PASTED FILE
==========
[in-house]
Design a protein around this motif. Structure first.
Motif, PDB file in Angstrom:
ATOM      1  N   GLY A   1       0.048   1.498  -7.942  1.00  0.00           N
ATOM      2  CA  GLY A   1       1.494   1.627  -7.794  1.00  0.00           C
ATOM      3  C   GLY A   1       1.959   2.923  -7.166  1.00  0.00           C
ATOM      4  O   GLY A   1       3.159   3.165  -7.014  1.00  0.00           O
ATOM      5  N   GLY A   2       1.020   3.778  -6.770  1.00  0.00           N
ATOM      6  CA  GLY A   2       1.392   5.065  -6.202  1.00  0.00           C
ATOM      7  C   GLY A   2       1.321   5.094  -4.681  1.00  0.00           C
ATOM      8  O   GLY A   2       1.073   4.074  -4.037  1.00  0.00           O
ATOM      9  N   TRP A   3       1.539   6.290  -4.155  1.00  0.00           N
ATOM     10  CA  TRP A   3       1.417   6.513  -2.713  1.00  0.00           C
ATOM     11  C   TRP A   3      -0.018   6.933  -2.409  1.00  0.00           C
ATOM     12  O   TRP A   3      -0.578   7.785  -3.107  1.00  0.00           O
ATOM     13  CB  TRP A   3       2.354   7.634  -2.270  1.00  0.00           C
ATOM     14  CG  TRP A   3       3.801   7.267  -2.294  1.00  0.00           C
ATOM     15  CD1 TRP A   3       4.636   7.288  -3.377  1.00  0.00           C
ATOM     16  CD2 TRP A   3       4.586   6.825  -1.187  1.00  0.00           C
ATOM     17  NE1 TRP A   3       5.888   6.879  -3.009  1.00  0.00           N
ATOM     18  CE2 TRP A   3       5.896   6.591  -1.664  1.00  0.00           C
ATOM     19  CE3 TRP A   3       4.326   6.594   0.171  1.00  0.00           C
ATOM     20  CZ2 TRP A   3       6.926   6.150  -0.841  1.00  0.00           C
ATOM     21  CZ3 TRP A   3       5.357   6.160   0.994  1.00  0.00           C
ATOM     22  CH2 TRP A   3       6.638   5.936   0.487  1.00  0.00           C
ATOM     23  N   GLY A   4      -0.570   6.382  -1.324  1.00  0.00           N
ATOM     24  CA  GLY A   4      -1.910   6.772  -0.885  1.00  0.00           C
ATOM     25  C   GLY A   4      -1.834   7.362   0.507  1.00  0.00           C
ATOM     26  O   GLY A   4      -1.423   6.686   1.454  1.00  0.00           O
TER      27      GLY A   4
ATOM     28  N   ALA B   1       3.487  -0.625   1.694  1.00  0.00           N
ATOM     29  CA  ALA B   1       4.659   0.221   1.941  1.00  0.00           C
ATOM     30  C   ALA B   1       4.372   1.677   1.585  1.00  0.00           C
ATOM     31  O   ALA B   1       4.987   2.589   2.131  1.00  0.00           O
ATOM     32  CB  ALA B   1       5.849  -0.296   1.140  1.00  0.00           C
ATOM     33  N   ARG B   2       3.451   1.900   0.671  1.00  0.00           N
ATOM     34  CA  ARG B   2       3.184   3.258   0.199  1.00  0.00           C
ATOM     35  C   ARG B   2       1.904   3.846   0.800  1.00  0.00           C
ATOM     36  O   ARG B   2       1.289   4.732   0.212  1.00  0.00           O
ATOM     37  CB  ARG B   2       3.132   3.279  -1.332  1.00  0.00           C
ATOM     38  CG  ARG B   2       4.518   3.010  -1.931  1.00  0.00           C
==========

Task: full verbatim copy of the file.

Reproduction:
[in-house]
Design a protein around this motif. Structure first.
Motif, PDB file in Angstrom:
ATOM      1  N   GLY A   1       0.048   1.498  -7.942  1.00  0.00           N
ATOM      2  CA  GLY A   1       1.494   1.627  -7.794  1.00  0.00           C
ATOM      3  C   GLY A   1       1.959   2.923  -7.166  1.00  0.00           C
ATOM      4  O   GLY A   1       3.159   3.165  -7.014  1.00  0.00           O
ATOM      5  N   GLY A   2       1.020   3.778  -6.770  1.00  0.00           N
ATOM      6  CA  GLY A   2       1.392   5.065  -6.202  1.00  0.00           C
ATOM      7  C   GLY A   2       1.321   5.094  -4.681  1.00  0.00           C
ATOM      8  O   GLY A   2       1.073   4.074  -4.037  1.00  0.00           O
ATOM      9  N   TRP A   3       1.539   6.290  -4.155  1.00  0.00           N
ATOM     10  CA  TRP A   3       1.417   6.513  -2.713  1.00  0.00           C
ATOM     11  C   TRP A   3      -0.018   6.933  -2.409  1.00  0.00           C
ATOM     12  O   TRP A   3      -0.578   7.785  -3.107  1.00  0.00           O
ATOM     13  CB  TRP A   3       2.354   7.634  -2.270  1.00  0.00           C
ATOM     14  CG  TRP A   3       3.801   7.267  -2.294  1.00  0.00           C
ATOM     15  CD1 TRP A   3       4.636   7.288  -3.377  1.00  0.00           C
ATOM     16  CD2 TRP A   3       4.586   6.825  -1.187  1.00  0.00           C
ATOM     17  NE1 TRP A   3       5.888   6.879  -3.009  1.00  0.00           N
ATOM     18  CE2 TRP A   3       5.896   6.591  -1.664  1.00  0.00           C
ATOM     19  CE3 TRP A   3       4.326   6.594   0.171  1.00  0.00           C
ATOM     20  CZ2 TRP A   3       6.926   6.150  -0.841  1.00  0.00           C
ATOM     21  CZ3 TRP A   3       5.357   6.160   0.994  1.00  0.00           C
ATOM     22  CH2 TRP A   3       6.638   5.936   0.487  1.00  0.00           C
ATOM     23  N   GLY A   4      -0.570   6.382  -1.324  1.00  0.00           N
ATOM     24  CA  GLY A   4      -1.910   6.772  -0.885  1.00  0.00           C
ATOM     25  C   GLY A   4      -1.834   7.362   0.507  1.00  0.00           C
ATOM     26  O   GLY A   4      -1.423   6.686   1.454  1.00  0.00           O
TER      27      GLY A   4
ATOM     28  N   ALA B   1       3.487  -0.625   1.694  1.00  0.00           N
ATOM     29  CA  ALA B   1       4.659   0.221   1.941  1.00  0.00           C
ATOM     30  C   ALA B   1       4.372   1.677   1.585  1.00  0.00           C
ATOM     31  O   ALA B   1       4.987   2.589   2.131  1.00  0.00           O
ATOM     32  CB  ALA B   1       5.849  -0.296   1.140  1.00  0.00           C
ATOM     33  N   ARG B   2       3.451   1.900   0.671  1.00  0.00           N
ATOM     34  CA  ARG B   2       3.184   3.258   0.199  1.00  0.00           C
ATOM     35  C   ARG B   2       1.904   3.846   0.800  1.00  0.00           C
ATOM     36  O   ARG B   2       1.289   4.732   0.212  1.00  0.00           O
ATOM     37  CB  ARG B   2       3.132   3.279  -1.332  1.00  0.00           C
ATOM     38  CG  ARG B   2       4.518   3.010  -1.931  1.00  0.00           C